Also, the Machination was formed by Scorponok.
Skywatch was not. But if you read Continuum, what are you to believe?
If Skywatch was responsible for all this crap, does that mean it was secretly set up by Scorponok? It doesn't make any sense the revised way.
I mean, Shockwave was "controlled" by Skywatch and later encounters Scorponok, fights him, but lets him go because he has no reason to kill him.
Hot Rod goes to the Machination base and finds Scorpy's head. More stuff happens, and Hunter tells them how to stop him, they disconnect the head, and then the Autobots destroy it all. That's it, that's the end of the Machination for now.
If you make it a Skywatch facility, then how to reconcile Shockwave and Scorponok's encounter? Then in AHM #2, the government uses the Machination as scapegoats for the giant robots. You can't turn around and have that same organization then be the one responsible for hunting them down.
This isn't little stuff, this is great big swathes of continuity being rewritten after only 4 years of product.
We pay money for this stuff. I, for one, expect at least somewhat coherent continuity after only 4 years.
I will try the new ongoing, but if they keep this up I will drop it and I encourage everyone else this dissatisfied to as well. We gotta vote with our wallets or nothing will change.
As soon as I saw this interview I had decided to drop all Transformers comics. It was the straw that brok my back, so to speak. Maybe I'll check back in over summer or something, but for the time being I'm finished.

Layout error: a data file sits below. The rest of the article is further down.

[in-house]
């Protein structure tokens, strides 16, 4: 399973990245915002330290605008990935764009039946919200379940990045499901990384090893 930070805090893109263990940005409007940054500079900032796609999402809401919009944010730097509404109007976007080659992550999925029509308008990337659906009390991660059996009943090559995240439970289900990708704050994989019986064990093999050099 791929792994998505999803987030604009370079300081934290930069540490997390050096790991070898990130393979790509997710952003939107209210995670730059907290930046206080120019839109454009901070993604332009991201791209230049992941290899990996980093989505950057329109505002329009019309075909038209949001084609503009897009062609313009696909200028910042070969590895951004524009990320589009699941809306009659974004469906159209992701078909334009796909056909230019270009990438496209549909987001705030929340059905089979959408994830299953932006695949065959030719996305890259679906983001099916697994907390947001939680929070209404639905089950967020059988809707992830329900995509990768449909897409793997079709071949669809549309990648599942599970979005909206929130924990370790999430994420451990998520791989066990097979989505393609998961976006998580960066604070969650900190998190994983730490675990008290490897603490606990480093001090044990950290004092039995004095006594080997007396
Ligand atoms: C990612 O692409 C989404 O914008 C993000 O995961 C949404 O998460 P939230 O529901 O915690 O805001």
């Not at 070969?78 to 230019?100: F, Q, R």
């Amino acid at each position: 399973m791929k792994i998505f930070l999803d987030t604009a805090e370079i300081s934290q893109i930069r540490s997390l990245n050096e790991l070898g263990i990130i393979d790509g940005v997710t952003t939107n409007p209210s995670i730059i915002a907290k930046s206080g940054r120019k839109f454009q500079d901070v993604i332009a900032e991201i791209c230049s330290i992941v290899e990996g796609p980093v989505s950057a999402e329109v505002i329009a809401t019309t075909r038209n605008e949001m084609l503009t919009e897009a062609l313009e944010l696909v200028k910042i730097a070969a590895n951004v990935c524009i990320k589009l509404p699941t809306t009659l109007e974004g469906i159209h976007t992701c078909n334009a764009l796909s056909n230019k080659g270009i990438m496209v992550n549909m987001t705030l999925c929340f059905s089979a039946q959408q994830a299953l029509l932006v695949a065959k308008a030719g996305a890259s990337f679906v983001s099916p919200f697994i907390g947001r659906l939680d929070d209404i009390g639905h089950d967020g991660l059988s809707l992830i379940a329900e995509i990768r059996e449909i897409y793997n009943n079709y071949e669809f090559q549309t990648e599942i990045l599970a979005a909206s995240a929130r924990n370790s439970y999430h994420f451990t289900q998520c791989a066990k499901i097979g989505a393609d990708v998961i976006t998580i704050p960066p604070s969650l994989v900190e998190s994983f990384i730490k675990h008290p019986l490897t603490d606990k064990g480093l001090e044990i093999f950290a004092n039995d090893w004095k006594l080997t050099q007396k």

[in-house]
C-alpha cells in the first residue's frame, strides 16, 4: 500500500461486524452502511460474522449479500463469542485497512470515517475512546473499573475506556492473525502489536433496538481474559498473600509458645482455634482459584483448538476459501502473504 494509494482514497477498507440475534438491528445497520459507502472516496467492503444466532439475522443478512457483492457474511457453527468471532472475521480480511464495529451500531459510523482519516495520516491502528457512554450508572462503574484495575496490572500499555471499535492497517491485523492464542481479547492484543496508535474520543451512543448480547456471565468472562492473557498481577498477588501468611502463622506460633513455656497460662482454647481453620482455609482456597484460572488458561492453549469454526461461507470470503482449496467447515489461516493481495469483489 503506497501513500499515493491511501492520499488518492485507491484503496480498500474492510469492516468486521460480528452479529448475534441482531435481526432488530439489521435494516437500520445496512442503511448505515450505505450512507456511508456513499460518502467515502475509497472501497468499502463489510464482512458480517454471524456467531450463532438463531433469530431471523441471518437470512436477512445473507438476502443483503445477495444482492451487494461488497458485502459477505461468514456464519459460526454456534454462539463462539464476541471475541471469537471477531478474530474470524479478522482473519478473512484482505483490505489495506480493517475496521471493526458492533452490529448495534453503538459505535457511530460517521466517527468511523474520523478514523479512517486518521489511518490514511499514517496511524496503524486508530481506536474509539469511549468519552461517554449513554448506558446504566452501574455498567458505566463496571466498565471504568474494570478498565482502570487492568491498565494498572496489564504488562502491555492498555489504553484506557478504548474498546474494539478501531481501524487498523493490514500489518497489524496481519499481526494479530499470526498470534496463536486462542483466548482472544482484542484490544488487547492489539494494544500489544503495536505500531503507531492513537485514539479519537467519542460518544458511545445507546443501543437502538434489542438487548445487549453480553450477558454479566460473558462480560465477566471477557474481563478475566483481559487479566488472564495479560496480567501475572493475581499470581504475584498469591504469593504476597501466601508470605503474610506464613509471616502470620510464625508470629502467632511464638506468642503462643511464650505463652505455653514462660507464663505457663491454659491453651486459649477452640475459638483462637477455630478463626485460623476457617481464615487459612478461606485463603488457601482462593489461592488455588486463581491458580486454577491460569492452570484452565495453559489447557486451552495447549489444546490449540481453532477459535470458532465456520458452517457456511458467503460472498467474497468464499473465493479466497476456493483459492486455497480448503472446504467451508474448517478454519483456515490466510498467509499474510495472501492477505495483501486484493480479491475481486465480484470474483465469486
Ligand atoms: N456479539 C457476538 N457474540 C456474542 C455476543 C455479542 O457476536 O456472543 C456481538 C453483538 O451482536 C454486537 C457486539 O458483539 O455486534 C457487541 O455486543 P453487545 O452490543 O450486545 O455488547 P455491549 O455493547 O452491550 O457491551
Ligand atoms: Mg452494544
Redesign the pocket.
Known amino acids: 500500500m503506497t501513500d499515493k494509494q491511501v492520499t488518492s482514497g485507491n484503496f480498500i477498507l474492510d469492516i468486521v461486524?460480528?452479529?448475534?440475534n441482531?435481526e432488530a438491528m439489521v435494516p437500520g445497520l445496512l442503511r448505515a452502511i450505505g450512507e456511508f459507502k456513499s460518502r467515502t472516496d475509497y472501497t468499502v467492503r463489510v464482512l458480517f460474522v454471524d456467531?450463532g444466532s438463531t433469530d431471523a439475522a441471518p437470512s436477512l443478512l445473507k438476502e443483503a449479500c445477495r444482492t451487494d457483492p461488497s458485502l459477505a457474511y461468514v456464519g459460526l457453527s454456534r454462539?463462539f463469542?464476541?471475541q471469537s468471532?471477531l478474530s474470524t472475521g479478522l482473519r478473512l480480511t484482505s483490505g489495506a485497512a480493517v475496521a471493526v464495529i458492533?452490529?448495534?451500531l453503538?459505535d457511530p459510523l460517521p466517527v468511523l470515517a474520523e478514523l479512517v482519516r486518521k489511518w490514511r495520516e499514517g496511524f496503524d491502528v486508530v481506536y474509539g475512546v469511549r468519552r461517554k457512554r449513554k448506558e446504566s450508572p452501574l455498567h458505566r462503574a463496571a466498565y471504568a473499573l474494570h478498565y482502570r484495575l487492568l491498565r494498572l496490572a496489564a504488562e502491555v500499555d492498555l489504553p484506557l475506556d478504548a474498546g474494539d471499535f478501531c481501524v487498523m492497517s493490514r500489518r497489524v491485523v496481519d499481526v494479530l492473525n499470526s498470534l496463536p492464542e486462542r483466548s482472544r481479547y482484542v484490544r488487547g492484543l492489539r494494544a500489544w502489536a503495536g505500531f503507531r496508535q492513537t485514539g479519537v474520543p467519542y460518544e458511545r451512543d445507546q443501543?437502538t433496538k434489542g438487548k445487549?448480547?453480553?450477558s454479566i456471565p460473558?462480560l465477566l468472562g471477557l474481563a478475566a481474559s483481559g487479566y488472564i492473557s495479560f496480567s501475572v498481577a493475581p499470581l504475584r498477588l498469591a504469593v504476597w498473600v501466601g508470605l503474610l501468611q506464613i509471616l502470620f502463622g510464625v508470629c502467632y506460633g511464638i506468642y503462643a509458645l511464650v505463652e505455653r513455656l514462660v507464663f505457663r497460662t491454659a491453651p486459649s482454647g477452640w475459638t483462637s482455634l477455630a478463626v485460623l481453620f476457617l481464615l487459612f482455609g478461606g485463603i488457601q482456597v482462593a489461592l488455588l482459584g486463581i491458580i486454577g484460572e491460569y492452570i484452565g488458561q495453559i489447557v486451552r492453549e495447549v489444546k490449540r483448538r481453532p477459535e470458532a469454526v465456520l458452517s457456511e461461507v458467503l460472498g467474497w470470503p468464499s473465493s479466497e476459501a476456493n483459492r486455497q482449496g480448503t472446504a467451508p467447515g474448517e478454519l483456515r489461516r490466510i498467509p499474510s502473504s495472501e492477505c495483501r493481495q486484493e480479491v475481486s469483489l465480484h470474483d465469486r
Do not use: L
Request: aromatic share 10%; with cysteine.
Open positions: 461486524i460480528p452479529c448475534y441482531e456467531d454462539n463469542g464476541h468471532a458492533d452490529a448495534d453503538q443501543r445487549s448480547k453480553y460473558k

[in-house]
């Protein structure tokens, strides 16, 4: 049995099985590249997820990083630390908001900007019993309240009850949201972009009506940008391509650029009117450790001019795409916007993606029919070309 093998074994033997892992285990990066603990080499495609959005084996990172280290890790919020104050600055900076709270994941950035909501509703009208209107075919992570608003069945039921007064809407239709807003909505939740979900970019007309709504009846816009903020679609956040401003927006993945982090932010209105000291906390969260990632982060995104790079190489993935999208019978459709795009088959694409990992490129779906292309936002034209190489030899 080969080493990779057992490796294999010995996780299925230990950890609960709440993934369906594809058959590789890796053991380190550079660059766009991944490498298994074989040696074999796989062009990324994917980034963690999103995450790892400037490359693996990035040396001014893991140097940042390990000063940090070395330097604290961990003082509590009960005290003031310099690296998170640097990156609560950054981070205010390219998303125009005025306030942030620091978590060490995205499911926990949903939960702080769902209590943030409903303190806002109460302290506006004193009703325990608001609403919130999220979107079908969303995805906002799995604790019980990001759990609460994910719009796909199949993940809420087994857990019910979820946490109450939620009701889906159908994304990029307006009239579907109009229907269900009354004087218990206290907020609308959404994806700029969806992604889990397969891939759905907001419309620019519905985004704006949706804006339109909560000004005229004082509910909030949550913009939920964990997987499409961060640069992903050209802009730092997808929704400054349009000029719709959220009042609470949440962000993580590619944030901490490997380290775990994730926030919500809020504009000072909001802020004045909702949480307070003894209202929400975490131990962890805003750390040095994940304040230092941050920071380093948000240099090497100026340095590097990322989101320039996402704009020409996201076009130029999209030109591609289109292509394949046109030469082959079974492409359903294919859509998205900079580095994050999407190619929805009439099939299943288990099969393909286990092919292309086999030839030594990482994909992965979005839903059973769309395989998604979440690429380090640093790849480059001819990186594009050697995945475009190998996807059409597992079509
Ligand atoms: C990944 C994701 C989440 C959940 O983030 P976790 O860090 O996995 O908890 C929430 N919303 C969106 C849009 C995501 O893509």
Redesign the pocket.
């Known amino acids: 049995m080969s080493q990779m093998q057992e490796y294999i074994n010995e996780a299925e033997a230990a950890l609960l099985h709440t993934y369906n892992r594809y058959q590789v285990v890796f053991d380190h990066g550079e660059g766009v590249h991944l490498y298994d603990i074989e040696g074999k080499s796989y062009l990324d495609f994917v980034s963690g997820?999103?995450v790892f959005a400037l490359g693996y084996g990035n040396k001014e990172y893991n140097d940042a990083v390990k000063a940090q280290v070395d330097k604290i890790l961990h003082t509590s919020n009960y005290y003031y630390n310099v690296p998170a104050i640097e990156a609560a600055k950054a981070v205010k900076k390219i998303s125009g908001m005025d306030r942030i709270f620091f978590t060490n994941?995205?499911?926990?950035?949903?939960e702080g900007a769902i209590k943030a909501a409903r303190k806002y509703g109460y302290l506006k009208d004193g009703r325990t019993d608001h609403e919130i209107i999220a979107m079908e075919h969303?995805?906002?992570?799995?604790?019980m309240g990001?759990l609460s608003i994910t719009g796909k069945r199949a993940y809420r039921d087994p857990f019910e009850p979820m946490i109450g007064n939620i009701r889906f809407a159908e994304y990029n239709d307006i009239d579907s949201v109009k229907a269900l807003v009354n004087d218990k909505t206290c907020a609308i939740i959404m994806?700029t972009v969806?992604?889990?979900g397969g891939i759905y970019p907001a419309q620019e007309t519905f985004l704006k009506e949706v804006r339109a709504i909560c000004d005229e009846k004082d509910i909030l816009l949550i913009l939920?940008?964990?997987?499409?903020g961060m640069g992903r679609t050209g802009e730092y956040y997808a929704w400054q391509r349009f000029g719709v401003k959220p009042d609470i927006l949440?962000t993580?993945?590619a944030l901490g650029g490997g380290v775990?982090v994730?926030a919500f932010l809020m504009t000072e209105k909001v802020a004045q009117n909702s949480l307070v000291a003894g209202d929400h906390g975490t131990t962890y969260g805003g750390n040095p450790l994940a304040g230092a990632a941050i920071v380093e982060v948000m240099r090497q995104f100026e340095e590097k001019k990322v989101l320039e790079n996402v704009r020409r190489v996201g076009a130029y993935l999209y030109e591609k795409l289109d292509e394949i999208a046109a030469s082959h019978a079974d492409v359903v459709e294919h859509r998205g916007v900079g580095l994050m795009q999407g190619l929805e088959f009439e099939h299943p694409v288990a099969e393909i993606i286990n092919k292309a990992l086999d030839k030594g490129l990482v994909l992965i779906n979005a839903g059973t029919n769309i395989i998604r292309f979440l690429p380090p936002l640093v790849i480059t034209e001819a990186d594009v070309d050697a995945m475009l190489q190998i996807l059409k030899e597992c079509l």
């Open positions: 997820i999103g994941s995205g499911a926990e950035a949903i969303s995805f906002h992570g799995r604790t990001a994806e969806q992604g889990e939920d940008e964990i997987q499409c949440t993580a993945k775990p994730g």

Pity, too. TF comics was pretty much the last TF-related thing I had much interest in, other than the message boards. Some of the toys look pretty good, but I've had no desire to buy them and have been in fact getting rid of everything I do have. No interest in the recent cartoons. The movies were okay popcorn flicks, but eh. My TF fix has been coming from the comics and now that's no more because of crap like this. Ah well. Wish I could say it's money saved, but with Gundam models and my new interest in Green Lantern comics...
I have to ask, though. How come TFormers were the only ones to ask these questions? The TFW2005 and Seibertron interviews were really tame in comparison, with question tailored to produce almost press release-suited answers.
Yet TFormers, of all sites, manages to ask questions that presses the right buttons and gives us some really interesting, unexpected answers.